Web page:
www.baltimoresun.com/features/green/blog/bal-bmg-regional-climate-compact-at-a-crossroads-20121211,0,3699292.story

baltimoresun.com

Regional climate compact at a crossroads

Maryland, other states aim to keep reducing power plant carbon emissions without boosting power prices

Tim Wheeler

9:05 PM EST, December 11, 2012

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A pioneering regional compact to fight climate change stands at a crossroads, as officials from Maryland and eight other Northeast states meet Tuesday in New York to weigh new limits on their power plants' carbon dioxide emissions.

With emissions significantly reduced since the Regional Greenhouse Gas Initiative began in 2008 - though mainly from other factors - the states are weighing how much lower to try to push carbon-dioxide releases through the end of the decade without risking stifling their economic recovery.

"We're here to set a reasonable cap,'' said Robert M. Summers, Maryland's environment secretary, on the eve of the gathering. He said he hoped the group would settle on an emissions ceiling that would lead to further reductions without what he called a "major price impact" on electricity rates in the region.

A spokesman for the nation's first market-based climate regulatory program said no decision was expected from Tuesday's meeting, though Summers said he hoped the group could get close to an agreement that could be finalized in coming weeks. After the meeting, Summers reported that a draft proposal would be prepared and released by the end of January.

Any new limit settled upon is intended to go into effect at the beginning of 2014, to give states time to adjust their regulations.

Environmental groups are urging the states to set a cap that would push emissions down more, arguing that the results to date show that reductions can be achieved without triggering  significant increases in electricity rates that might hurt the economy.

Emissions are on track to fall as much as 45 percent below the cap set by the group for this year, even as electricity prices have declined 10 percent overall since the initiative began, according to a report issued Monday by Environment Northeast (ENE), a Maine-based environmental group.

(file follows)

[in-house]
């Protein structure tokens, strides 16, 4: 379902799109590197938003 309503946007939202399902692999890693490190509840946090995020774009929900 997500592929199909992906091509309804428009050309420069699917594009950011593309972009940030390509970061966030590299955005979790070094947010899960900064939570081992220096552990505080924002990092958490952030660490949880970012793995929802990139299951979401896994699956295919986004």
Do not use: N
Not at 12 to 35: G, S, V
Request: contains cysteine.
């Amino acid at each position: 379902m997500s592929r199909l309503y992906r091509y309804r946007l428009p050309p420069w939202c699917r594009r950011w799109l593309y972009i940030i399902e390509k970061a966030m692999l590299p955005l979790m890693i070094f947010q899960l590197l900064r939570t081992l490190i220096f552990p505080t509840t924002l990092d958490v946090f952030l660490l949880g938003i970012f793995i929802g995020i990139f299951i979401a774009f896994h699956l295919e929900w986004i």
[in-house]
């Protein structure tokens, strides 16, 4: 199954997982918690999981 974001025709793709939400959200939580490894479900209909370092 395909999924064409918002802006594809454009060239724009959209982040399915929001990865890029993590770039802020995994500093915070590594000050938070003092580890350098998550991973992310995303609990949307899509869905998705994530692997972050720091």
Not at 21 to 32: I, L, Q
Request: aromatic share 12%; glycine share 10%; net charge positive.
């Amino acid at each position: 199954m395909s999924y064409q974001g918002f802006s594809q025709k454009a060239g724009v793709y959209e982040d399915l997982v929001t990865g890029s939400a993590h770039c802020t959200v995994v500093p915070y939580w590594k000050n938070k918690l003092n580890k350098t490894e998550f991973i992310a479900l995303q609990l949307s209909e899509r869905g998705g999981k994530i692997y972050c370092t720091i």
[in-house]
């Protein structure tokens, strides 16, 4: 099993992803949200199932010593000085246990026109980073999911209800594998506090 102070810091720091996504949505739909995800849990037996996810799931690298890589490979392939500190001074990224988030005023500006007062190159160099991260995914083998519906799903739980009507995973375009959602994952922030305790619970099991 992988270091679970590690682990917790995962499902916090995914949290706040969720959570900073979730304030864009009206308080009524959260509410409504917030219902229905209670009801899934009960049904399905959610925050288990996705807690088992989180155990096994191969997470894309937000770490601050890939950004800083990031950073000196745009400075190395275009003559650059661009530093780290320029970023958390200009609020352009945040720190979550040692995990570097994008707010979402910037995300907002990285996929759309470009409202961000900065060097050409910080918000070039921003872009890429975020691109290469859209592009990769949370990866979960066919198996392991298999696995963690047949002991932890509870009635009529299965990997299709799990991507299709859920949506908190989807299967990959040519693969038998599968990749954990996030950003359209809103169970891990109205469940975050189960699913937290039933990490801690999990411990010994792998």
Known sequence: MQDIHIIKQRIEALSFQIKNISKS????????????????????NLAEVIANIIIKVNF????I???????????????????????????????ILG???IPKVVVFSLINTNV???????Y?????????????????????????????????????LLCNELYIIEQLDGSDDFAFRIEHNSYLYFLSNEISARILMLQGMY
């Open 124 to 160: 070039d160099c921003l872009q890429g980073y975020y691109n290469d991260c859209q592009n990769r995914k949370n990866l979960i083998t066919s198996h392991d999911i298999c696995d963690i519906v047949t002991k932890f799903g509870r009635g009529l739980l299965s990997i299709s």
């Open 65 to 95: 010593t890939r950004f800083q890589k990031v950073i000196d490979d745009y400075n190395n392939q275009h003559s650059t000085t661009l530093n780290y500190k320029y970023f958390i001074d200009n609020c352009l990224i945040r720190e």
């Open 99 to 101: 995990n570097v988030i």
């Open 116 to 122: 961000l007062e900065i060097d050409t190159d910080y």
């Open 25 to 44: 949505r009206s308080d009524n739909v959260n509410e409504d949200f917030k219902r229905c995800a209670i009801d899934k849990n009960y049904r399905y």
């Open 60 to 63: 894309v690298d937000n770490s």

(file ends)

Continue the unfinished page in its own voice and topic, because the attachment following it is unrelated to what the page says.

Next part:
A variety of factors caused the declines, the group's report says: power plants switching to cleaner-burning natural gas from more polluting coal and oil, increases in renewable energy and improved energy efficiency. The nation's economic woes also played a role in reducing emissions, according to the report, but not a major one.  And in fact, analyses have indicated that the regulatory program has been a net benefit for the economy, because of revenues generated by the auctions of carbon-dioxide emission allowances.

The cap-and-trade program -- under which power plants are required to buy allowances at auction to offset their carbon dioxide emissions -- has been touted as a national model for reducing the energy sector's contribution to climate change. Though Congress failed to pass climate legislation a few years ago, observers say it's still possible the Environmental Protection Agency could move to regulate carbon dioxide emissions from existing power plants.  California recently launched its own similar regulatory scheme.

"In a way, what RGGI states decide will have national and even broader impact," said Peter Shattuck, ENE's director of market initiatives.

But Shattuck said he's concerned that representatives of Connecticut, Delaware, Maryland, Massachusetts, Maine, New Hampshire, New York, Rhode Island and Vermont may fail to reduce or even hold the line on emissions unless they set tight new limits.  Three of four cap propsals analyzed so far would actually allow emissions to increase, he said, while only one would likely lead to a small reduction through 2020.

The emissions cap originally set by the initiative was so loose that it has allowed power plants to buy allowances relatively cheaply and "bank" them for future needs, Shattuck explained. So unless the new cap is set at or below the current level of overall emissions of about 91 million tons this year, then energy companies may be able to use those reserved allowances to actually increase emissions in future years.

Maryland's Summers said states' representatives are aware of those issues and weighing options for dealing with them.  He said that with emissions now well below the cap, carbon-dioxide allowances are selling for minimal prices and not all the allowances are even being put up for auction.  But state representatives are wary, Summers added, of doing anything that would push energy prices dramatically higher and affect economic activity.

"We want a meaningful cap,'' he said, noting that Maryland lawmakers, at the behest of his boss,  Gov. Martin O'Malley, have committed the state to reduce its greenhouse gas emissions 25 percent by the end of the decade. The regional program to regulate power plants is expected to play a major role in the state meeting its emission goals, since whatever cap is set is supposed to decline by 10 percent by 2020.

The auctions of carbon dioxide allowances have raised $1 billion for all the states through June of this year, and those funds have been largely plowed into improving energy efficiency or developing renewable energy.  Maryland has raked in more than $219 million, though in this state much of the revenue until lately has been diverted to reducing consumers' power bills - a variation that some had criticized as counterproductive to promoting energy conservation.